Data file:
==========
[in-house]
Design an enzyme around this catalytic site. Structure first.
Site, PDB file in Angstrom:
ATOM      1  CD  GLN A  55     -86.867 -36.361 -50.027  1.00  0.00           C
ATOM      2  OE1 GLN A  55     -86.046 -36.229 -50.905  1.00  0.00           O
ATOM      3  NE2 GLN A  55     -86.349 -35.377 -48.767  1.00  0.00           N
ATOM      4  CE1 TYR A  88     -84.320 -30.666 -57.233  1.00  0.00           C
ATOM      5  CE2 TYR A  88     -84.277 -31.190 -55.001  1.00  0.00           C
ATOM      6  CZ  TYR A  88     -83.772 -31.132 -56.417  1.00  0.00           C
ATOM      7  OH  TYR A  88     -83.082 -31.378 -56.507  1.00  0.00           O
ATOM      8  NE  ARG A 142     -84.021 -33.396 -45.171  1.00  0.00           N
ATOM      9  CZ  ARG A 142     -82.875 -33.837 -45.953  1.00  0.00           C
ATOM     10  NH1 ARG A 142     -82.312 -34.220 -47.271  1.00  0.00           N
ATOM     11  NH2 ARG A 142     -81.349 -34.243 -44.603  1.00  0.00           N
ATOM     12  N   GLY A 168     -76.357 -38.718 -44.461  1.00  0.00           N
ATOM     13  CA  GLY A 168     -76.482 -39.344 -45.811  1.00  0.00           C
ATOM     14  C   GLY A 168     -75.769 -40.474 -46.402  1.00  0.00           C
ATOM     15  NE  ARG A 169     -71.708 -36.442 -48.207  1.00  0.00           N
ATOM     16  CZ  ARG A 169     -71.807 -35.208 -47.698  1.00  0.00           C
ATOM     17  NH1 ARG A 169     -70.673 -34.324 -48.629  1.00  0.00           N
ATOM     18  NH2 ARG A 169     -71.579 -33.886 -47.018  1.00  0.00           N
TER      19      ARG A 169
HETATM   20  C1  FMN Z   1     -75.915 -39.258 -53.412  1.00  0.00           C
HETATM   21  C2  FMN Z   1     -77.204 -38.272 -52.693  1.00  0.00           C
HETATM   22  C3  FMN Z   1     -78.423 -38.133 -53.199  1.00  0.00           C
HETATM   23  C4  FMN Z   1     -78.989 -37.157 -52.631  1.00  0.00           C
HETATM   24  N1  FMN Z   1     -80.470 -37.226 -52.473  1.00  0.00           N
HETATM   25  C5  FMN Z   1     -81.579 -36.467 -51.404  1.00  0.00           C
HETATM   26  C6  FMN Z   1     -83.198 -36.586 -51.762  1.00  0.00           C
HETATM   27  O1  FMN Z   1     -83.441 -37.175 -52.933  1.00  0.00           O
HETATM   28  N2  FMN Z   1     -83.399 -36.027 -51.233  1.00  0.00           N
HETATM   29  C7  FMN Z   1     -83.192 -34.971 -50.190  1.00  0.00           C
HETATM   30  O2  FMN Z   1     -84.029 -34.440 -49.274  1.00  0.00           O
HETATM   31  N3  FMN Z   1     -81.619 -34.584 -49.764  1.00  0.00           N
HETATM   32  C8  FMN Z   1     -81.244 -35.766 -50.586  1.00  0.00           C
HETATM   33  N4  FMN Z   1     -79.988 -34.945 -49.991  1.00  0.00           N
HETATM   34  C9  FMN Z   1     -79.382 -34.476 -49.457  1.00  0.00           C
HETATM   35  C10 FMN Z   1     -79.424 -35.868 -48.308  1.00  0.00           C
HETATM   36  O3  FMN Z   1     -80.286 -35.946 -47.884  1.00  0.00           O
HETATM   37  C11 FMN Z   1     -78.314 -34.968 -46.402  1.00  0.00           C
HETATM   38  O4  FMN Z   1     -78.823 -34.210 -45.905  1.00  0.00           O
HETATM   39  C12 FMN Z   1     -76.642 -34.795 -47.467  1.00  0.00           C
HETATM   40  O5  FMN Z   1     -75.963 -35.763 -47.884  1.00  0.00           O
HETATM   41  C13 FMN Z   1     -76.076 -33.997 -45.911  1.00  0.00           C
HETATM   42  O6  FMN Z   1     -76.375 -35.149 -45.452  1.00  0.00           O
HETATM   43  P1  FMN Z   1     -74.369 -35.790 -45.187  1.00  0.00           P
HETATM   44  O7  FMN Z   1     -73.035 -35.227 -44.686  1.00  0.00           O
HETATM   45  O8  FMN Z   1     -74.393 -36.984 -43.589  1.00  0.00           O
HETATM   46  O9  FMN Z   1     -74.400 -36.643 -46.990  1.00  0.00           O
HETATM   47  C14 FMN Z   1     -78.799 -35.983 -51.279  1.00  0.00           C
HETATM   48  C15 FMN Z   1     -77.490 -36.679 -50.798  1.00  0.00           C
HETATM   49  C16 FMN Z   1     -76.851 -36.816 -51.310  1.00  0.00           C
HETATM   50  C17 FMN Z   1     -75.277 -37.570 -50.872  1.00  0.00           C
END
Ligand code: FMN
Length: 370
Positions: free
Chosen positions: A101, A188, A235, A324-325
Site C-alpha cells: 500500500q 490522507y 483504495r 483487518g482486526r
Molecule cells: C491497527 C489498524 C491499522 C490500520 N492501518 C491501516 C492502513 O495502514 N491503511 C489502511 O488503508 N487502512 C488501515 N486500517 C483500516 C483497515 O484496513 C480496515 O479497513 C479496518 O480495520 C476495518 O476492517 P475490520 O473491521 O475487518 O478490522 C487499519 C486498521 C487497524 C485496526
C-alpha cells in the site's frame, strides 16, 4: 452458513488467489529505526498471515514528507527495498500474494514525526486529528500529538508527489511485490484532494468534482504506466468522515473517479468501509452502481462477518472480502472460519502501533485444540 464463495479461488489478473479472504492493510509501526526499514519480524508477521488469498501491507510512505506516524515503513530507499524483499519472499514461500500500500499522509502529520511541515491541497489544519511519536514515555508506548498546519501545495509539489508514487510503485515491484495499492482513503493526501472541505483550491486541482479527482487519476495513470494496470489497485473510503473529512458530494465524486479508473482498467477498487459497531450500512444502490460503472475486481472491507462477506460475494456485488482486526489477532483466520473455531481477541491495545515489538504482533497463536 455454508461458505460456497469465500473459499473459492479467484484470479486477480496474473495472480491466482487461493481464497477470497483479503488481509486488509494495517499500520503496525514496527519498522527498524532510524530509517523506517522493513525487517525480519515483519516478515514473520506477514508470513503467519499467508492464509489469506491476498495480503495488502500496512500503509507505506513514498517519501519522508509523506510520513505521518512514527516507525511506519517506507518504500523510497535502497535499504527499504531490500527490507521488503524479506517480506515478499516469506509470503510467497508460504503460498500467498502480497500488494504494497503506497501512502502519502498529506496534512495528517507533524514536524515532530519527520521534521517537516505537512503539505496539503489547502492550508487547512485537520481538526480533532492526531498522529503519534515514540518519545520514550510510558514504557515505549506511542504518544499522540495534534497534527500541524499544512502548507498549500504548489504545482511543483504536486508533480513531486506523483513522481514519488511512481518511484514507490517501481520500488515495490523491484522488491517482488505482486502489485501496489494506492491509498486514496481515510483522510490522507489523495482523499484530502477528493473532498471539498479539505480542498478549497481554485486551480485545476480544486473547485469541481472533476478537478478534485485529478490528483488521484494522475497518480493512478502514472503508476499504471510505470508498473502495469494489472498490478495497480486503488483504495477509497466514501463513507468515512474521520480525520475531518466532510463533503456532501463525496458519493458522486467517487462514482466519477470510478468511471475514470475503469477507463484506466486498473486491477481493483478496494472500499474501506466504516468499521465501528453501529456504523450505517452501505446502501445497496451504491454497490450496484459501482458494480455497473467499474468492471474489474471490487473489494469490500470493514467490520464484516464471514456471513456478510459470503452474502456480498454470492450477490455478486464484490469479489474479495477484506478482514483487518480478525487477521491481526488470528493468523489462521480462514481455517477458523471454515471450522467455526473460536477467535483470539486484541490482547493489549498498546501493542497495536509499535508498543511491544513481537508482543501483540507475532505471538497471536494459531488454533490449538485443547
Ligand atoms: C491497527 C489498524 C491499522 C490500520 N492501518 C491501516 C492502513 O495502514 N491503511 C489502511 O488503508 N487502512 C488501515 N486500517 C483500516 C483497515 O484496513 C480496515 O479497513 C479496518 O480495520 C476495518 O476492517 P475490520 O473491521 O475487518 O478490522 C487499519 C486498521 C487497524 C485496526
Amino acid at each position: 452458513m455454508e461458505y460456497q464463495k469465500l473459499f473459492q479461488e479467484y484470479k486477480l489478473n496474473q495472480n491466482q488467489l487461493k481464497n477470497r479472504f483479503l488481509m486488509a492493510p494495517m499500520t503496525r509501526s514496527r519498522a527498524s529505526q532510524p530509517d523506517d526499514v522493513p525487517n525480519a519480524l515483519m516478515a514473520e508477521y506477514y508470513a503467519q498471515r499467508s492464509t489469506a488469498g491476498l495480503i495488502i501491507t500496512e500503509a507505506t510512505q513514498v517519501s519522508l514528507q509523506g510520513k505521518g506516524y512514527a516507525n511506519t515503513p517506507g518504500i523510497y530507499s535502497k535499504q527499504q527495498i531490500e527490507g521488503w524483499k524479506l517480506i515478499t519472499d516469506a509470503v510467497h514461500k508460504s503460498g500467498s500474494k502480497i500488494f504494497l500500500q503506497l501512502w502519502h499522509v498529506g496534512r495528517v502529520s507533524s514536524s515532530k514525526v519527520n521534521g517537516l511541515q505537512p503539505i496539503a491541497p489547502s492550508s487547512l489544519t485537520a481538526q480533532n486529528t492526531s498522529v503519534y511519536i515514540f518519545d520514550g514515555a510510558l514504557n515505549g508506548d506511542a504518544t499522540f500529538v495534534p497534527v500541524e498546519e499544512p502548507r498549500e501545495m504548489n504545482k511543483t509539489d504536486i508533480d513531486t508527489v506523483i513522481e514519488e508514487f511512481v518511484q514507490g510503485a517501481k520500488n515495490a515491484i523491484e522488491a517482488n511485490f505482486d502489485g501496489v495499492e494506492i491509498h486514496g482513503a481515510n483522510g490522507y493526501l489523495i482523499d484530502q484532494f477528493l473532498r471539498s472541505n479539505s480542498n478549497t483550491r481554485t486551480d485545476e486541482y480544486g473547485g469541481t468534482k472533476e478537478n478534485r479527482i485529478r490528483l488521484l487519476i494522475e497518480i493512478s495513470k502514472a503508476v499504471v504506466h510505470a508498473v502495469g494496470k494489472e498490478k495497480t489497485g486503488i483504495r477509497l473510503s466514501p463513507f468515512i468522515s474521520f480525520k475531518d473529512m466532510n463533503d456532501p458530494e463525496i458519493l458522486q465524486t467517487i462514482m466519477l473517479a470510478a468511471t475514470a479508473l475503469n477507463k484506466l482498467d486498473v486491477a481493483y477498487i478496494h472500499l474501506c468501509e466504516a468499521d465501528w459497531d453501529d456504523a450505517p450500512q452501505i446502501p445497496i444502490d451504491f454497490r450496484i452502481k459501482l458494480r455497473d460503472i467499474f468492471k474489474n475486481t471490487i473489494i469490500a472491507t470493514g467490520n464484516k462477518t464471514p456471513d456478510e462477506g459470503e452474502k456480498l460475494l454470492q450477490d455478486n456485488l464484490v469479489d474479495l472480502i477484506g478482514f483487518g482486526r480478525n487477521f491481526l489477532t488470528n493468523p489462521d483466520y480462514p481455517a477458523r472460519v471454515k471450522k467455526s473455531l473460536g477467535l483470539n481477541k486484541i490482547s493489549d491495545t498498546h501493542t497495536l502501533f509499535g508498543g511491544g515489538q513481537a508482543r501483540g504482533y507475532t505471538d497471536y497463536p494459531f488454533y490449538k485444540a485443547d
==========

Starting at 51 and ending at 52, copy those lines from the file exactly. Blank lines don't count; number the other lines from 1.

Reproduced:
HETATM   48  C15 FMN Z   1     -77.490 -36.679 -50.798  1.00  0.00           C
HETATM   49  C16 FMN Z   1     -76.851 -36.816 -51.310  1.00  0.00           C